"I think our view is that aid has paid dividends and will continue to pay dividends. This is assistance that is in both Pakistan's long-term interest as well as the United States' national interests and security interests," State Department spokesman Mark Toner told medipersons.
"We believe it is a vital cooperation. We have shared goals. We are both affected by scourge of extremism. The vast majority of the Al Qaeda and bin Laden's victims were Muslim. Pakistan has suffered grievous losses from al-Qaeda attacks. So we believe that this is a shared struggle," he said.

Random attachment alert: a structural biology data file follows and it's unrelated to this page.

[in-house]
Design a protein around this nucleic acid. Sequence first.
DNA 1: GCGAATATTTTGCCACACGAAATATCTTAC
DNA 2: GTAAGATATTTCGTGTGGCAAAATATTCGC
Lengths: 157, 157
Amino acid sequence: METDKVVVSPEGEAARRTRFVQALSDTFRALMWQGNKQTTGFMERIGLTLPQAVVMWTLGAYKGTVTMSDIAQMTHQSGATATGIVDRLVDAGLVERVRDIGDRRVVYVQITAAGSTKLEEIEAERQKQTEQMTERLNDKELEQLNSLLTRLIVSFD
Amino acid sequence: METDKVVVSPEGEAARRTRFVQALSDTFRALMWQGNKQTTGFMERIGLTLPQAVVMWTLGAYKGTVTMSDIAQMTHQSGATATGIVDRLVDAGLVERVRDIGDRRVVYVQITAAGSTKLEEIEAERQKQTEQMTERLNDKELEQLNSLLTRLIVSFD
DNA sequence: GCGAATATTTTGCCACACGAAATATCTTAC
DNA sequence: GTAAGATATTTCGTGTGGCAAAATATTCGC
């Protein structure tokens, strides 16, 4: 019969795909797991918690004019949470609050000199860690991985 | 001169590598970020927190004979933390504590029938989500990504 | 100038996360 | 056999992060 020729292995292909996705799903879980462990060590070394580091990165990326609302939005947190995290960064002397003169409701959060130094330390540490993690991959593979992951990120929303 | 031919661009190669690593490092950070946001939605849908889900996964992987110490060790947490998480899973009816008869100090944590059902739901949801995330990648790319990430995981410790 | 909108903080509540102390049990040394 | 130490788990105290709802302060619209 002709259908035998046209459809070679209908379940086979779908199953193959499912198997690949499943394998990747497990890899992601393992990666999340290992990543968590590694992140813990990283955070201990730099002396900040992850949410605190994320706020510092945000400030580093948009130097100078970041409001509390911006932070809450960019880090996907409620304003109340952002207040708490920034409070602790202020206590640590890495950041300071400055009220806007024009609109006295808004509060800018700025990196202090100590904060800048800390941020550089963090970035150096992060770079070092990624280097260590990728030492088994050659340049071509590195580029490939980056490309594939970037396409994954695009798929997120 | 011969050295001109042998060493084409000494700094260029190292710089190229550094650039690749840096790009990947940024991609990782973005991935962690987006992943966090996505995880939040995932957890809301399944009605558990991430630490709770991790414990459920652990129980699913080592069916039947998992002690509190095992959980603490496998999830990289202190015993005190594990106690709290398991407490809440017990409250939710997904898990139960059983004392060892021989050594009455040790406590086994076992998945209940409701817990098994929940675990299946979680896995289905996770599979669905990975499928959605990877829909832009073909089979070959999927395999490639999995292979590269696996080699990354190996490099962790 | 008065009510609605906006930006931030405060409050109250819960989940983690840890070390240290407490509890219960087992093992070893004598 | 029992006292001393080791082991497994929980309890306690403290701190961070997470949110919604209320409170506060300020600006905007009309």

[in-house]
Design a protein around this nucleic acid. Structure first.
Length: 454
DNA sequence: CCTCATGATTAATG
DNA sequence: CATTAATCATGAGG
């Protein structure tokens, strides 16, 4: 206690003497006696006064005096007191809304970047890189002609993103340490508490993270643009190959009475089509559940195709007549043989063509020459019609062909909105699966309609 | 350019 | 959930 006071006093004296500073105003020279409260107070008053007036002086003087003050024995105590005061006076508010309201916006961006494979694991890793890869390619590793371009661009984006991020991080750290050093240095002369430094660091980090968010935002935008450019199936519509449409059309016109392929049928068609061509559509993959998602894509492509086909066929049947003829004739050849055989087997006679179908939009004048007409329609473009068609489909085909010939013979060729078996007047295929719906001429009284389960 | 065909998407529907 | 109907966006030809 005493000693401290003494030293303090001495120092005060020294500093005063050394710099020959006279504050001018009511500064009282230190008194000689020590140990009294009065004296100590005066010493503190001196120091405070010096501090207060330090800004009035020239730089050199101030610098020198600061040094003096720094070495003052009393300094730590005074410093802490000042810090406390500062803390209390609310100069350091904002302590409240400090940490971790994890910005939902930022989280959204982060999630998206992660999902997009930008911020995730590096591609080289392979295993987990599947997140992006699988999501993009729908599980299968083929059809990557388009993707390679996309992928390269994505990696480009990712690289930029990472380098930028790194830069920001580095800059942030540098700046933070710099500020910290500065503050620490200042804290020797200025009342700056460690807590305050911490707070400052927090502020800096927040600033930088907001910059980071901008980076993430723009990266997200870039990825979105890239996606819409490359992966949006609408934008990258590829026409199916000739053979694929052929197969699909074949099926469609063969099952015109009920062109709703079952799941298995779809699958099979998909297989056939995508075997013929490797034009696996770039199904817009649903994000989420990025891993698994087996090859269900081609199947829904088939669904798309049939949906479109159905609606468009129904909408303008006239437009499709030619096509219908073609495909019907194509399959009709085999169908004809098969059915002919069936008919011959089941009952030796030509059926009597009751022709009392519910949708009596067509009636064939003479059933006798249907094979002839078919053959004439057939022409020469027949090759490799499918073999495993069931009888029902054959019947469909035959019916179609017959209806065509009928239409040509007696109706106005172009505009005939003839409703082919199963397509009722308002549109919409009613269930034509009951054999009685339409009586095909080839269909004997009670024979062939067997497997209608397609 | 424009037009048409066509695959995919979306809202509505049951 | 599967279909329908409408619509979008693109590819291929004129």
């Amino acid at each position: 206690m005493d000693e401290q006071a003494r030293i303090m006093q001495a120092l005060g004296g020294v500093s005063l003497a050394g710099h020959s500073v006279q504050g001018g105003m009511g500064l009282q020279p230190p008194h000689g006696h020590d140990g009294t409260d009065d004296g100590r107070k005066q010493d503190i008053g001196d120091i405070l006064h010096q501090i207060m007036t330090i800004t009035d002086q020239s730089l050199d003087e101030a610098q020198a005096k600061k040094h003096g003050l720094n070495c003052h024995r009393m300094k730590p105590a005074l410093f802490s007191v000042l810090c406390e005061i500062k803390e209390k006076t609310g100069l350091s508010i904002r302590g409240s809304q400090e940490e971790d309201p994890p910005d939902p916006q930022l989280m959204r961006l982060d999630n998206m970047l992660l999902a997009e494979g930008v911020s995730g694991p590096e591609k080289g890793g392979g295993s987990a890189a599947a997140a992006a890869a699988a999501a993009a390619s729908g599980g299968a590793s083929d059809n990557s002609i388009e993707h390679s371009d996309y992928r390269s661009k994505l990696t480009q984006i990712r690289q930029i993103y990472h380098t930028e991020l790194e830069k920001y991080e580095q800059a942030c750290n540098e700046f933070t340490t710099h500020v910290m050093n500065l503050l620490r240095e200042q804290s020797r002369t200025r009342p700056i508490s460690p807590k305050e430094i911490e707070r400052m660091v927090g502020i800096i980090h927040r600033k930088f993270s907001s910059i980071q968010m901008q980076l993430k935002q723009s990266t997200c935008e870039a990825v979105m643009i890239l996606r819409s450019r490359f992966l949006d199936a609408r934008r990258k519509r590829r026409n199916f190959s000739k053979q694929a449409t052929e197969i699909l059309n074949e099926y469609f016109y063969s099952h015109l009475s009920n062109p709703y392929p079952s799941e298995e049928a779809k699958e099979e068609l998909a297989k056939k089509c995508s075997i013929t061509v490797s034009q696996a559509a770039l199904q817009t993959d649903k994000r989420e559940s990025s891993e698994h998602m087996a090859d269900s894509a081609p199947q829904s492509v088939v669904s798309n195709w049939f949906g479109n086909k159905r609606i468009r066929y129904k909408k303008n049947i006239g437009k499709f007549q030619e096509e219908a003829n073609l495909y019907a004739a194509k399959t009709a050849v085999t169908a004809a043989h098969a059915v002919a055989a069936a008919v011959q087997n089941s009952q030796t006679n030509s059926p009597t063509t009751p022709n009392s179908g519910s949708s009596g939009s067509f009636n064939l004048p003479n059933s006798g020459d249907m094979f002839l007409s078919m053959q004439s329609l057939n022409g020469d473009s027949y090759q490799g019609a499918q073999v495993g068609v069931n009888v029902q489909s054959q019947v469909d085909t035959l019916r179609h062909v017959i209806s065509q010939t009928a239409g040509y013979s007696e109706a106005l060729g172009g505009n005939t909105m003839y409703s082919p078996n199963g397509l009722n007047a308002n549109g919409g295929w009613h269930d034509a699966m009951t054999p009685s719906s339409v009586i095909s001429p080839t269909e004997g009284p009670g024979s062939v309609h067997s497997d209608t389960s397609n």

"We're continuing to work with them. We, again, may not see eye to eye on how to approach every issue, but we're going to continue to work with Pakistan and we believe it's in the best interest of our nation to do so," Toner said.
Acknowledging that the killing of bin Laden has raised questions, Toner said at this point of time, US aid would continue.
"What happened has raised questions. We've said we've raised those questions with the Pakistani authorities. I don't want to speculate beyond that," he said.